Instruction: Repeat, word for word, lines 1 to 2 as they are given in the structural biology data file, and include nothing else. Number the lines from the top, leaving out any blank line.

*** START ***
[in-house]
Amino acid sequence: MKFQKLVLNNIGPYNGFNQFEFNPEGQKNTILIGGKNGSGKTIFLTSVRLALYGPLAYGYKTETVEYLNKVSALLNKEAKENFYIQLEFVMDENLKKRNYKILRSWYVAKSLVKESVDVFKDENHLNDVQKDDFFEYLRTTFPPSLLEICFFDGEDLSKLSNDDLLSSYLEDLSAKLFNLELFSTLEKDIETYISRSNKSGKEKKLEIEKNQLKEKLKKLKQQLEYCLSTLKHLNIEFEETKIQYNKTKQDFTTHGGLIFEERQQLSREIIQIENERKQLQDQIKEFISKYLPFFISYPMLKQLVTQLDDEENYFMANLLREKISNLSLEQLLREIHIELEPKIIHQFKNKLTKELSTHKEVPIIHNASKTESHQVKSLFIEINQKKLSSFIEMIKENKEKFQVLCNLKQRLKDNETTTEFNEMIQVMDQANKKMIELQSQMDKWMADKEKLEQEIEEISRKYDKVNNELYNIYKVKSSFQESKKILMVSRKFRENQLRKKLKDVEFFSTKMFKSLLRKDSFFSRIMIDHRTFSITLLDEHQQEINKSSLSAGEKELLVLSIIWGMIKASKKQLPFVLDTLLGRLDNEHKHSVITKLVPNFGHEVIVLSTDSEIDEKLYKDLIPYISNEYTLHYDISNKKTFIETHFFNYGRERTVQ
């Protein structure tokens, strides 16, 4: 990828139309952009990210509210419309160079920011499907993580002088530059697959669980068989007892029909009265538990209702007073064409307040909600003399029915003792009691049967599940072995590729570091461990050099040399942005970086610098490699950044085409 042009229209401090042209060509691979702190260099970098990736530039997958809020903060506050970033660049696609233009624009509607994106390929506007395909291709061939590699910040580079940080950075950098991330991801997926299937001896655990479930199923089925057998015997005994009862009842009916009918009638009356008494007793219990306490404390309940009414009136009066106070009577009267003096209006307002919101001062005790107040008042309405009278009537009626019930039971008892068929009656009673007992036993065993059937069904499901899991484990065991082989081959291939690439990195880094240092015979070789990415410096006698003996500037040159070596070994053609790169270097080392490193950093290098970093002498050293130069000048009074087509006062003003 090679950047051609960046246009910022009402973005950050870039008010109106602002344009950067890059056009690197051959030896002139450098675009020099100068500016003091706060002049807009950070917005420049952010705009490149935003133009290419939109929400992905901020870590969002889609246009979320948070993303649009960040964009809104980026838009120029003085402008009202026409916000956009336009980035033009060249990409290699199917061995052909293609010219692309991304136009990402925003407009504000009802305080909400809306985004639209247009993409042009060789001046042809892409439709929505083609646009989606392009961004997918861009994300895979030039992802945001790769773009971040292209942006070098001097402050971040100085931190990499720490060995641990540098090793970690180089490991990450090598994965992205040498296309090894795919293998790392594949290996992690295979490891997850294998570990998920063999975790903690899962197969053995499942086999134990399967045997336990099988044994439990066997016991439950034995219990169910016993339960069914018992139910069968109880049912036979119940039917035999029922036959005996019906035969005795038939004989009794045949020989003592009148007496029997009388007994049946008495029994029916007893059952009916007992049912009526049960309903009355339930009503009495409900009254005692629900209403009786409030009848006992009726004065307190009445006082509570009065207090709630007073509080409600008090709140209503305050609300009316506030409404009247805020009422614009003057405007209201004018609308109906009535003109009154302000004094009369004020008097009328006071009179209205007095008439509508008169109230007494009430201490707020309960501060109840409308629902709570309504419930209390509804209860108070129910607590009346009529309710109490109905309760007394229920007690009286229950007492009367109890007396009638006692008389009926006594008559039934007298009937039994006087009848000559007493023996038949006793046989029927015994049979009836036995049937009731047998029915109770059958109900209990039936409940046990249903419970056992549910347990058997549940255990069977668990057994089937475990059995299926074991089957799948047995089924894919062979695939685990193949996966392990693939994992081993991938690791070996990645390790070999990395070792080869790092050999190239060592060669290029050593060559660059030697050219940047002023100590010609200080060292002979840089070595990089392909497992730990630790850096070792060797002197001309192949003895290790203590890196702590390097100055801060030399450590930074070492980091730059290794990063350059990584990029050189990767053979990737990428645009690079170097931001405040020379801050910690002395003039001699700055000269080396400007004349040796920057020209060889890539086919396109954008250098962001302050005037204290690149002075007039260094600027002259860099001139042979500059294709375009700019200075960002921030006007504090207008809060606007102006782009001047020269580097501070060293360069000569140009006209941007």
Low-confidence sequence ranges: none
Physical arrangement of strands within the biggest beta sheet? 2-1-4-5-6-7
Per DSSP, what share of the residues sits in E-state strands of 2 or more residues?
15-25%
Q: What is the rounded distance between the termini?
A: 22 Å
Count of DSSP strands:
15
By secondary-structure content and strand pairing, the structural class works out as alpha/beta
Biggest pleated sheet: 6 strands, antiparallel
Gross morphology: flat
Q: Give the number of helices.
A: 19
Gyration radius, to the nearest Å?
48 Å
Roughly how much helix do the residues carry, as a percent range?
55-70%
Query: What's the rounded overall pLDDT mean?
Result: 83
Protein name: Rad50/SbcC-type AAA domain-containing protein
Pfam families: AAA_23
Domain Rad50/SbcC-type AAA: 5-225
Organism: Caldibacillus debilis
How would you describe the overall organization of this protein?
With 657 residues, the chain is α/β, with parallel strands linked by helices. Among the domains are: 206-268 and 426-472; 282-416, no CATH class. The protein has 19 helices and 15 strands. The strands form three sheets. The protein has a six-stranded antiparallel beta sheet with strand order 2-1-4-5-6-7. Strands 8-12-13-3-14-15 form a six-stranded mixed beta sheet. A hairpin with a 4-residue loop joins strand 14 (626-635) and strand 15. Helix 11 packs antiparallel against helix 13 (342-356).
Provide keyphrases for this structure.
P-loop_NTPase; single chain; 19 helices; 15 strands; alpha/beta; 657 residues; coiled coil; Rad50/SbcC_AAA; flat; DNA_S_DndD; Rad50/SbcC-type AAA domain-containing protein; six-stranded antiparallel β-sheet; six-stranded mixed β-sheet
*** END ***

[in-house]
Amino acid sequence: MKFQKLVLNNIGPYNGFNQFEFNPEGQKNTILIGGKNGSGKTIFLTSVRLALYGPLAYGYKTETVEYLNKVSALLNKEAKENFYIQLEFVMDENLKKRNYKILRSWYVAKSLVKESVDVFKDENHLNDVQKDDFFEYLRTTFPPSLLEICFFDGEDLSKLSNDDLLSSYLEDLSAKLFNLELFSTLEKDIETYISRSNKSGKEKKLEIEKNQLKEKLKKLKQQLEYCLSTLKHLNIEFEETKIQYNKTKQDFTTHGGLIFEERQQLSREIIQIENERKQLQDQIKEFISKYLPFFISYPMLKQLVTQLDDEENYFMANLLREKISNLSLEQLLREIHIELEPKIIHQFKNKLTKELSTHKEVPIIHNASKTESHQVKSLFIEINQKKLSSFIEMIKENKEKFQVLCNLKQRLKDNETTTEFNEMIQVMDQANKKMIELQSQMDKWMADKEKLEQEIEEISRKYDKVNNELYNIYKVKSSFQESKKILMVSRKFRENQLRKKLKDVEFFSTKMFKSLLRKDSFFSRIMIDHRTFSITLLDEHQQEINKSSLSAGEKELLVLSIIWGMIKASKKQLPFVLDTLLGRLDNEHKHSVITKLVPNFGHEVIVLSTDSEIDEKLYKDLIPYISNEYTLHYDISNKKTFIETHFFNYGRERTVQ